This more subdued coloration helps female birds blend in while nesting, offering protection from predators.

Essentially, female hummingbirds use their duller colors as a defense mechanism, in contrast to the males, who dazzle with their bright feathers to attract mates.

3. Gorget

Male and female hummingbird with visible gorget

One of the best ways to tell a male and female hummingbird apart is to look at the gorget, a patch of feathers on its throat. If you see a hummingbird with a brightly colored throat, you are probably looking at a male.

Male hummingbirds are known for their vibrant and iridescent gorgets, which shimmer and glisten when exposed to sunlight.

These bright patches, which can range in color from radiant reds to shimmering greens, play a crucial role in courtship displays to attract female hummingbirds. When choosing a mate, birds with the most colorful gorgets are usually favored.

In contrast, female hummingbirds exhibit a more muted appearance when it comes to their gorgets. Instead of the bright, iridescent colors seen in males, females usually sport plain white throats.

Some might have spots of dull gray-brown dots, and depending on the species, a small patch of iridescent feathers might be present.

In this video, you can get a close-up look at both a male and female hummingbird, near enough to tell the differences in their throat colors:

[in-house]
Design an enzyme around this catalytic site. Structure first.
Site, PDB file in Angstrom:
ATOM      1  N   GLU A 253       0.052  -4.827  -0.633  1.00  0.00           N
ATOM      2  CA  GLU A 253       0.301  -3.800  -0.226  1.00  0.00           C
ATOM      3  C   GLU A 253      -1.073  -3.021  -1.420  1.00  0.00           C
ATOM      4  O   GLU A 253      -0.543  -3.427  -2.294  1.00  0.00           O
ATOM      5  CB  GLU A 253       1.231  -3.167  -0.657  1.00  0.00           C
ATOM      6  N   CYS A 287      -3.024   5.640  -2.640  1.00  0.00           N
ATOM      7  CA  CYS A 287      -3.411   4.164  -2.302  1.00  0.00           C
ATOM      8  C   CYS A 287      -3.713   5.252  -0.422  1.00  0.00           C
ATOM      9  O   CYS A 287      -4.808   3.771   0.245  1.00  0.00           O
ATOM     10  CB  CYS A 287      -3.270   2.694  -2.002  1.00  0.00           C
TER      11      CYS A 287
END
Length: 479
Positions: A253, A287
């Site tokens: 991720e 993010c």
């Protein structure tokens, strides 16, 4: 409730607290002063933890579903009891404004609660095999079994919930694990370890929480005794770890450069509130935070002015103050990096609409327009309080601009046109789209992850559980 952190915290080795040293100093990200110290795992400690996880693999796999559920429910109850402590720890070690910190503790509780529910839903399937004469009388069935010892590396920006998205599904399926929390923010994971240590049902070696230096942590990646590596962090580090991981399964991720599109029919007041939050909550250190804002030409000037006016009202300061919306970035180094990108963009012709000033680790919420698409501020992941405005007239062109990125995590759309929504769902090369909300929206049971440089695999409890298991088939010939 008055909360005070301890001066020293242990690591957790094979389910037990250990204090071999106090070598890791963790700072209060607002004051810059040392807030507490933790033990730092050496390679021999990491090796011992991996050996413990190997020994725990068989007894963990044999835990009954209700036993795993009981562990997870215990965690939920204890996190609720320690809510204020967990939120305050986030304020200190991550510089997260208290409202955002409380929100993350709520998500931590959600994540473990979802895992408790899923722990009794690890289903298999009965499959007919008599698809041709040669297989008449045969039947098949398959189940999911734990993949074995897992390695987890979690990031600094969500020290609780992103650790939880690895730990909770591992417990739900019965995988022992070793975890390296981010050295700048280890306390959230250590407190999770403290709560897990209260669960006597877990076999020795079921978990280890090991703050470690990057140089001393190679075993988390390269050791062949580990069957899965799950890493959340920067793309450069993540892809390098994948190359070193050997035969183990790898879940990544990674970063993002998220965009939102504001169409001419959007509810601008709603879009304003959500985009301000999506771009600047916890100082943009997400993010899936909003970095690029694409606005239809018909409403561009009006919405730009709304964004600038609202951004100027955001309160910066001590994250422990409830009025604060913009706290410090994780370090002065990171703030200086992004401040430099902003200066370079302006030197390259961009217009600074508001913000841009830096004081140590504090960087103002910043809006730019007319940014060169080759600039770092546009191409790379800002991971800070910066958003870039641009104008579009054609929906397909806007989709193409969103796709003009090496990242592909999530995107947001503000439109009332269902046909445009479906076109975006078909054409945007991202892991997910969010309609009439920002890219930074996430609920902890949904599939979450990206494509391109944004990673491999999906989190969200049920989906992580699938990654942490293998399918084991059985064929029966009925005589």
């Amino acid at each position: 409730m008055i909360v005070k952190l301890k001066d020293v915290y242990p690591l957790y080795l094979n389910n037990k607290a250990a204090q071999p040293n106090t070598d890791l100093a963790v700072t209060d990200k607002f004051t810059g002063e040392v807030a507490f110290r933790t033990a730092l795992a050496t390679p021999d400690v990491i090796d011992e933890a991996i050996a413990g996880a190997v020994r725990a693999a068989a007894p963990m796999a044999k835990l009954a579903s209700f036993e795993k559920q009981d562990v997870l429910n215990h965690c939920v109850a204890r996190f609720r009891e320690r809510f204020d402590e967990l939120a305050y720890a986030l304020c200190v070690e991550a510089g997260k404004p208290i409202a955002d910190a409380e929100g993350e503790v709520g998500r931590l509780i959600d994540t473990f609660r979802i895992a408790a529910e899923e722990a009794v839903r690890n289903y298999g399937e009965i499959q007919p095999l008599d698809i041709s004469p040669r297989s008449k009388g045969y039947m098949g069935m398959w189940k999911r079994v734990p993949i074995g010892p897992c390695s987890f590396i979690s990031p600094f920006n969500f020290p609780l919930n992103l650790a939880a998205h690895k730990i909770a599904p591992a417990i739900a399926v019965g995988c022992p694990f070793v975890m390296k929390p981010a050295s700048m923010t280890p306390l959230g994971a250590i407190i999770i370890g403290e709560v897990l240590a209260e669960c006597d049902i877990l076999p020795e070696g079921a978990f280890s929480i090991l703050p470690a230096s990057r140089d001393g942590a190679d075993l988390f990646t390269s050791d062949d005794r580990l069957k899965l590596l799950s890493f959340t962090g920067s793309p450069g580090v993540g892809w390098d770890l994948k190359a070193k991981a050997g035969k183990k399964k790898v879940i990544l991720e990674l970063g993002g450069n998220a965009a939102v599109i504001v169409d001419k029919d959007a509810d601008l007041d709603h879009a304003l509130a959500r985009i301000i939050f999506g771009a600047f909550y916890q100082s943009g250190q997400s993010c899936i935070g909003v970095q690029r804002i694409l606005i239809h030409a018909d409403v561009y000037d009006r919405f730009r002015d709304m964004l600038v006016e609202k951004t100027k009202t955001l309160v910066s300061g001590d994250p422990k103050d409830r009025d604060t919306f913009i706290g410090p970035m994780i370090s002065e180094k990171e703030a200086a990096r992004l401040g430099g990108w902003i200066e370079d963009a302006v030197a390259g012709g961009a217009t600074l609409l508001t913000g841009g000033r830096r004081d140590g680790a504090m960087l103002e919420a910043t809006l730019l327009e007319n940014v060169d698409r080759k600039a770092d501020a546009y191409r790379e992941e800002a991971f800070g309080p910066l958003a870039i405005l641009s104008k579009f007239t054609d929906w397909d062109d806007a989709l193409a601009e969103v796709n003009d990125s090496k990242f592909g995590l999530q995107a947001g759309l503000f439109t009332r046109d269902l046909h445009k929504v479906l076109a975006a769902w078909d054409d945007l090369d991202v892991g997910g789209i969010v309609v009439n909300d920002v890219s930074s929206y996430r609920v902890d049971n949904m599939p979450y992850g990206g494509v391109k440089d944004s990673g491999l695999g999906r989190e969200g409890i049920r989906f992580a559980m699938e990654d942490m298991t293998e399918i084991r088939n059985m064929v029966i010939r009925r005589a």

Male and Female Hummingbirds Up Close

4. Behavior

Male and female hummingbirds about to sip nectar from a flower

There are various differences between male and female hummingbirds in terms of behavior. Male hummingbirds are more aggressive, especially when it comes to defending their territory.

Their aggressive behavior is usually seen around feeders, where male hummingbirds typically chase away other birds to ensure they have uninterrupted access to the nectar.

On the other hand, while females tend to be less confrontational around food, they are particularly protective of their nesting areas and young ones. This maternal instinct ensures the safety and well-being of their offspring.

Another significant behavioral difference is their migration patterns. Male hummingbirds migrate to the breeding grounds ahead of time.

Their early migration allows them to prepare for the upcoming breeding season by establishing and defending their territory before the females arrive.

5. Role in Reproduction

Male and female hummingbird interacting

Both male and female hummingbirds play distinct roles when it comes to reproduction. When a male finds a female to mate with, it engages in dramatic courtship displays to catch the female hummingbird’s attention.

Elaborate aerial maneuvers are typically used in these displays, and the males sometimes flip their gorget feathers toward the sun to show off their vibrant colors.

After a successful mating, the male’s involvement usually comes to an end. Unlike many other bird species, male hummingbirds don’t take care of their young.

In fact, after mating, they often move on, possibly never encountering the female again. The responsibility of nest-building, incubation, and caring for the offspring rests solely on the female hummingbird’s shoulders.

The female hummingbird single-handedly ensures the survival and well-being of its offspring, from building the nest to feeding them.

6. Vocalization

Male and female hummingbird appearance

Male hummingbirds are known for their complex vocalizations, especially during the mating season. Their songs are usually a combination of high-pitched chirps and more drawn-out, buzzy notes.